Be  Deer Aware:  Top tips are:

• Be aware that further deer may well cross after the one you may have noticed, as deer will more often move around in groups than alone.

• After dark, do use full-beams when there is no opposing traffic. The headlight beam will illuminate the eyes of deer on or near a roadway and provide greater driver reaction time. BUT, when a deer or other animals is noted on the road, dim your headlights as animals startled by the beam may ‘freeze’ rather than leaving the road.

•  Don’t over-swerve to avoid a deer. If a collision with the animal seems inevitable, then hit it while maintaining full control of your car. The alternative of swerving into oncoming traffic or a ditch could be even worse. An exception here may be motorcyclists, who are at particular risk when in direct collisions with animals.

• Only break sharply and stop if there is no danger of being hit by following traffic. Try to come to stop as far in front of the animal(s) as possible to enable it to leave the roadside without panic.

• Report any deer-vehicle collisions to the police, who will contact the local person who can best help with an injured deer at the roadside. Do not approach an injured deer yourself it may be dangerous.

If you wish to report a Deer Vehicle Collision or to find out more on safety advice please visit www.deeraware.com 

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New PACEC Questionnaire for ADMG and LDNS

This survey has been designed for the Association of Deer Management Groups and Lowland Deer.  Network Scotland to allow estimates to be made of the economic benefits of deer management in Scotland, the environmental impacts, the expenditure in local and national supply chains, and the number of jobs supported.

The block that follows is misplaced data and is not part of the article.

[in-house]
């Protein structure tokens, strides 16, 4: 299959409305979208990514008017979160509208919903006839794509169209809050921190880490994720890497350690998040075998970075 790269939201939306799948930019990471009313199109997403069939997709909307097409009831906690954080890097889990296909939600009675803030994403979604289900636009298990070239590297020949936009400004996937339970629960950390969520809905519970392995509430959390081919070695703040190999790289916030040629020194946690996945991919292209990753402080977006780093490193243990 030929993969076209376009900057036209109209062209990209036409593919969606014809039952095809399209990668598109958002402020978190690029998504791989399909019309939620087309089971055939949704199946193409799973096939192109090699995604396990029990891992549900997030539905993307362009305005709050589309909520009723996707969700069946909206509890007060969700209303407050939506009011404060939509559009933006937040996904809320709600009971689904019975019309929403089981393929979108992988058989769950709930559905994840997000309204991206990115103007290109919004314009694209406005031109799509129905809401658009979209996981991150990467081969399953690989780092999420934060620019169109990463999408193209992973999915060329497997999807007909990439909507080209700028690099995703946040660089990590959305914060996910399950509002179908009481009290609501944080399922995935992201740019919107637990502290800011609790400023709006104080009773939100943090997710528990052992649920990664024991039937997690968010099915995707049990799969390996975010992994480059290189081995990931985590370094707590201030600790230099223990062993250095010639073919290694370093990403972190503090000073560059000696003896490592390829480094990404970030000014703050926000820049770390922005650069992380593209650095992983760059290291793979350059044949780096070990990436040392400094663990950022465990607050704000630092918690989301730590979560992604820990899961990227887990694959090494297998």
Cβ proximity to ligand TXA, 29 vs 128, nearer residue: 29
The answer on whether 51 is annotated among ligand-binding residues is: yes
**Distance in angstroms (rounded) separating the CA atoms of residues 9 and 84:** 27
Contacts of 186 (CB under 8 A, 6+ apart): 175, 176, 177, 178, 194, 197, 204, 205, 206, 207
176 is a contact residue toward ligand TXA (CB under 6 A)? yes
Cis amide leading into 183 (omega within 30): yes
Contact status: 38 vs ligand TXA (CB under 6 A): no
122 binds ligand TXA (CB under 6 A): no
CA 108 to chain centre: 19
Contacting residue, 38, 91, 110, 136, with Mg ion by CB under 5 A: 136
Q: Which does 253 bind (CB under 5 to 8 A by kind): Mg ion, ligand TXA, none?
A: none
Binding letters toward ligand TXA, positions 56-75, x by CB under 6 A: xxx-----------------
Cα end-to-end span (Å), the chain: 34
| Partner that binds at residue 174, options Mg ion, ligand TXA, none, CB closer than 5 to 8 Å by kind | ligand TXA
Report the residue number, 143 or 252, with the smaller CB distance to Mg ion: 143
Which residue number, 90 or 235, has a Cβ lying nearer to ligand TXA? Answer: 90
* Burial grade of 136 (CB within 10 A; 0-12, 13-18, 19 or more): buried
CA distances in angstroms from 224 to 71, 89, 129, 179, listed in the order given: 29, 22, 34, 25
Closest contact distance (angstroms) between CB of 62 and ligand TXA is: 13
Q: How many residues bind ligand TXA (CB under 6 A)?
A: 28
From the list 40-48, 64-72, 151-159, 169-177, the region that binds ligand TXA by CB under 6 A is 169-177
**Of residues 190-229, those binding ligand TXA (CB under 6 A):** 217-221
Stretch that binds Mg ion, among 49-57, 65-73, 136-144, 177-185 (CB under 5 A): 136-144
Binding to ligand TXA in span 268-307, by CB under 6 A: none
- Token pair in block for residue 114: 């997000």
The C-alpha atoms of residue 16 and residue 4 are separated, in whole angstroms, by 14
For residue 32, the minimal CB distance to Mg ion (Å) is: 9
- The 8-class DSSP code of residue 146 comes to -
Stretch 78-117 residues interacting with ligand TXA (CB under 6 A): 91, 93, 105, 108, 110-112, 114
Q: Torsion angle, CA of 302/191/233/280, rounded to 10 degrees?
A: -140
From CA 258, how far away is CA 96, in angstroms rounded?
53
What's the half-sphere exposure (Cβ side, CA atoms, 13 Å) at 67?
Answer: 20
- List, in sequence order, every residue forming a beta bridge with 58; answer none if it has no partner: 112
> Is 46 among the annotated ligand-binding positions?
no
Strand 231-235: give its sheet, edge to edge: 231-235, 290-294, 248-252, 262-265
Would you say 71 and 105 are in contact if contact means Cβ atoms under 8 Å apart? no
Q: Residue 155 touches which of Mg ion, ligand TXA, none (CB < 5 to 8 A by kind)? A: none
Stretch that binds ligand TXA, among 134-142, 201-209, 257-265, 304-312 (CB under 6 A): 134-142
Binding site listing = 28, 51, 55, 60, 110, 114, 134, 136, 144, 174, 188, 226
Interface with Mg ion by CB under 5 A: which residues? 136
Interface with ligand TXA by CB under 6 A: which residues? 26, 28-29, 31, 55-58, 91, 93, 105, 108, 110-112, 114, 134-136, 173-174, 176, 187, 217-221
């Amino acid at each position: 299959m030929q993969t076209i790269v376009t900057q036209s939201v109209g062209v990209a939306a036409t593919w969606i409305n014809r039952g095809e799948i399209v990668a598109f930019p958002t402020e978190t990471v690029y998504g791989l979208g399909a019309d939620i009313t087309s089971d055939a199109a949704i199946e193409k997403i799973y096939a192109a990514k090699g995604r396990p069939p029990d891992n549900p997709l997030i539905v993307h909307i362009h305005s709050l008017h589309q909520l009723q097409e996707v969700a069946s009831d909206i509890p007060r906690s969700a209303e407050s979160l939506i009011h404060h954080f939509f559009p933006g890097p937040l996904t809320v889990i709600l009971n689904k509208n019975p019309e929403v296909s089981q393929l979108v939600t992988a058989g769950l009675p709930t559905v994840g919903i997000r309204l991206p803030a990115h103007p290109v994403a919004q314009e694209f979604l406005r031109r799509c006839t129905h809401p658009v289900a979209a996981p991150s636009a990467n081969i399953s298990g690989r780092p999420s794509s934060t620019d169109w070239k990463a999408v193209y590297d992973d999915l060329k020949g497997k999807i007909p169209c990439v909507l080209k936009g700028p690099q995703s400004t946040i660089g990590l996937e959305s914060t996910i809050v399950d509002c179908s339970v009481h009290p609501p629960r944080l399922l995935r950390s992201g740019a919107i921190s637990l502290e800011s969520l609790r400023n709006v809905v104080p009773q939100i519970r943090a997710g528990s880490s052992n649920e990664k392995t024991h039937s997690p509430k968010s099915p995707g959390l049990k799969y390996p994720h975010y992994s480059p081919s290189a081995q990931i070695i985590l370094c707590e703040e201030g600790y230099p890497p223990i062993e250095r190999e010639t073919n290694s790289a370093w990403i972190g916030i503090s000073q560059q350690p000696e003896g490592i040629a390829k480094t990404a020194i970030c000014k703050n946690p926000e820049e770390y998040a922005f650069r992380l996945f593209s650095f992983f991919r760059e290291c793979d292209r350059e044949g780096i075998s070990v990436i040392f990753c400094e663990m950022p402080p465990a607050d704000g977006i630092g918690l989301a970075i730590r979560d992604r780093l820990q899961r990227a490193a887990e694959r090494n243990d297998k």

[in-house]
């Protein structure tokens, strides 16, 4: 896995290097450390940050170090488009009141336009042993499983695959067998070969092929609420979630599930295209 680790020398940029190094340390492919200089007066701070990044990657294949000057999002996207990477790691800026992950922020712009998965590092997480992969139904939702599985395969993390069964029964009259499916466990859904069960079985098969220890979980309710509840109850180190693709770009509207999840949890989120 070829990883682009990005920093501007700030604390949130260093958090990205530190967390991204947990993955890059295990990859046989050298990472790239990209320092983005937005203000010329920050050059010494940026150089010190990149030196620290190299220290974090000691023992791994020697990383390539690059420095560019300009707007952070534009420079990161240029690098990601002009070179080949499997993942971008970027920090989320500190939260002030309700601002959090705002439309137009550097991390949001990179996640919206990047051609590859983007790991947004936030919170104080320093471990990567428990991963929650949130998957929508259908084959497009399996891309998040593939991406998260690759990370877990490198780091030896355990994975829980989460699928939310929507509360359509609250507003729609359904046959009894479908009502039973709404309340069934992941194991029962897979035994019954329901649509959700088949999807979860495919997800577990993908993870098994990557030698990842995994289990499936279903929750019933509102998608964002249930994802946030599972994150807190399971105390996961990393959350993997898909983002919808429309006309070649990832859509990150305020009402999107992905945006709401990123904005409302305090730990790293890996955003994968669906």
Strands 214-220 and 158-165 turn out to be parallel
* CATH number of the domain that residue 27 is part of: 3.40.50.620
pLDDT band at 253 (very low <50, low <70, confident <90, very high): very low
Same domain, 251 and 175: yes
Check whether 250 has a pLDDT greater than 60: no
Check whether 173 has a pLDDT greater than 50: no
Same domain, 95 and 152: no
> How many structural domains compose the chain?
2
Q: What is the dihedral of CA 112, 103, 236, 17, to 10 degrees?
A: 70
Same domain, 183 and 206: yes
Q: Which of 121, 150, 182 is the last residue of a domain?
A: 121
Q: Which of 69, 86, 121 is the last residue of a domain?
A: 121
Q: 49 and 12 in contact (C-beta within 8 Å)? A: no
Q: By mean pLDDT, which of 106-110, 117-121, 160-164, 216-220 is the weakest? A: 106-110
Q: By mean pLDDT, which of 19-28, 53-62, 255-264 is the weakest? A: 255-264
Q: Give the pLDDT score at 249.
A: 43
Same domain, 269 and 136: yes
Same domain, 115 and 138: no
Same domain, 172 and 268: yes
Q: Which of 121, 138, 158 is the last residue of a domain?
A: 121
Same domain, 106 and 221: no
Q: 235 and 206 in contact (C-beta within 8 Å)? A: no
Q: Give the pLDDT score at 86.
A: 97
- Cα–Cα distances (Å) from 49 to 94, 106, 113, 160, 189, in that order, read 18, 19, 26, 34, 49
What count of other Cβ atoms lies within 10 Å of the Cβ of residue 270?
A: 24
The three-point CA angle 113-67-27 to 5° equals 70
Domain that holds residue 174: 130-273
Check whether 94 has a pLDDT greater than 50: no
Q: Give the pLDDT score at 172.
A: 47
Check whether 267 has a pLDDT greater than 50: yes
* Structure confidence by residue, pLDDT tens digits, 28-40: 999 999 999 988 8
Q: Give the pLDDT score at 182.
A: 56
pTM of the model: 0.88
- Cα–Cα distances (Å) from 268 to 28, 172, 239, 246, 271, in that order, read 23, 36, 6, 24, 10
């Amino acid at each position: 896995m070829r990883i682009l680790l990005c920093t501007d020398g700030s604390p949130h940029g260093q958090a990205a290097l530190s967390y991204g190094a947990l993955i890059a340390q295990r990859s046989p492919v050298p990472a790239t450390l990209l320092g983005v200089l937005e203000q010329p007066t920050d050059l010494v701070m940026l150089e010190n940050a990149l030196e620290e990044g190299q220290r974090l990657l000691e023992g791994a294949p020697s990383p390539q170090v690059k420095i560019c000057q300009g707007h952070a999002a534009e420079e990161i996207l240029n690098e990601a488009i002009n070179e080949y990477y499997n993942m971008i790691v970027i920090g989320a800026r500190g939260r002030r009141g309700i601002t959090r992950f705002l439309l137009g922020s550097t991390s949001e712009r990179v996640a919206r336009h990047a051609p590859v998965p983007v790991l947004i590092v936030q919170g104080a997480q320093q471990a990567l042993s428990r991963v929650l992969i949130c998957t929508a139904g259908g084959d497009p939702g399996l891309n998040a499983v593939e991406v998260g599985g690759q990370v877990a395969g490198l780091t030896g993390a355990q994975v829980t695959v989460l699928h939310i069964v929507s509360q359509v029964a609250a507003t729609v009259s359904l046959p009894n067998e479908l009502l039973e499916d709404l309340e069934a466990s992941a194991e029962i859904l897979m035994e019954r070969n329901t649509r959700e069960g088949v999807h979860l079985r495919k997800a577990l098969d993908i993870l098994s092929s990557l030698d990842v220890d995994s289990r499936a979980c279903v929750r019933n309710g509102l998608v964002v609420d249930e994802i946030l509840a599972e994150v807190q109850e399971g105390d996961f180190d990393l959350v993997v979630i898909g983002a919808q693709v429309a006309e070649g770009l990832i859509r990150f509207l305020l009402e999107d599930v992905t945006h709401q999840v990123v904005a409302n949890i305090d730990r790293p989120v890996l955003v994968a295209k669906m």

This is a separate questionnaire to one you may have been asked to complete, titled ‘Contribution of Shooting Sports to the UK’. The responses from this questionnaire cover both the sporting and non-sporting aspects of deer management.

The questions refer throughout to “the landholding” for brevity. You may be responsible for stalking or deer control over a group of landholdings which may or may not be contiguous ­ as far as possible, please treat these as a unit for the purposes of the questionnaire, and please ensure that you refer to the same landholding or group of landholdings throughout. To avoid duplication, please speak to the other key people involved in deer management (landowner, manager, stalker(s)) on the landholding either before or while you fill in this questionnaire.

TO access the Questionnaire and respond online go to  

http://bit.ly/WqNyvH

Alternatively you can download, print & complete by Clicking here then return to PACEC, 49-53 Regent Street, Cambridge, CB2 1AB.

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BDS COUNTRYSIDE EXTRAVAGANZA DRAW 2014

Supporting BDS Research and Education

 

Fabulous Prizes including Binoculars, Paintings, Engraved Crystal, Camera, Country Clothing and Kit

Click here for details

 

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THE MOREDUN RESEARCH INSTITUTE, EDINBURGH

FLUKE AND DEER - ­ REQUEST FOR SAMPLES

Wildlife hosts, specifically deer, are known to act as a reservoir of infection for a number of fluke species - including liver fluke, a serious parasite of livestock.

As part of its ongoing research, The Moredun Research Institute is asking for help from BDS members with sample collections from deer taken during the course of normal deer management activities.

For more information about how you can help with this UK study please CLICK HERE

 
 Chronic Wasting Disease
  Deer Management Round Table (DMRT) CWD Subgroup Situation Report for Scotland.  Updated 22 April 2014.

Notifying the GB agencies of our interest in CWD:

In recent weeks DMRT sub group representatives have been in close discussions with policy and veterinary officers in Scottish Government (SG) and Department for Environment Food and Rural Affairs (DEFRA) to remind them about on-going concerns over the possibility of disease incursion. 


 Please click here  to view or print the pdf document.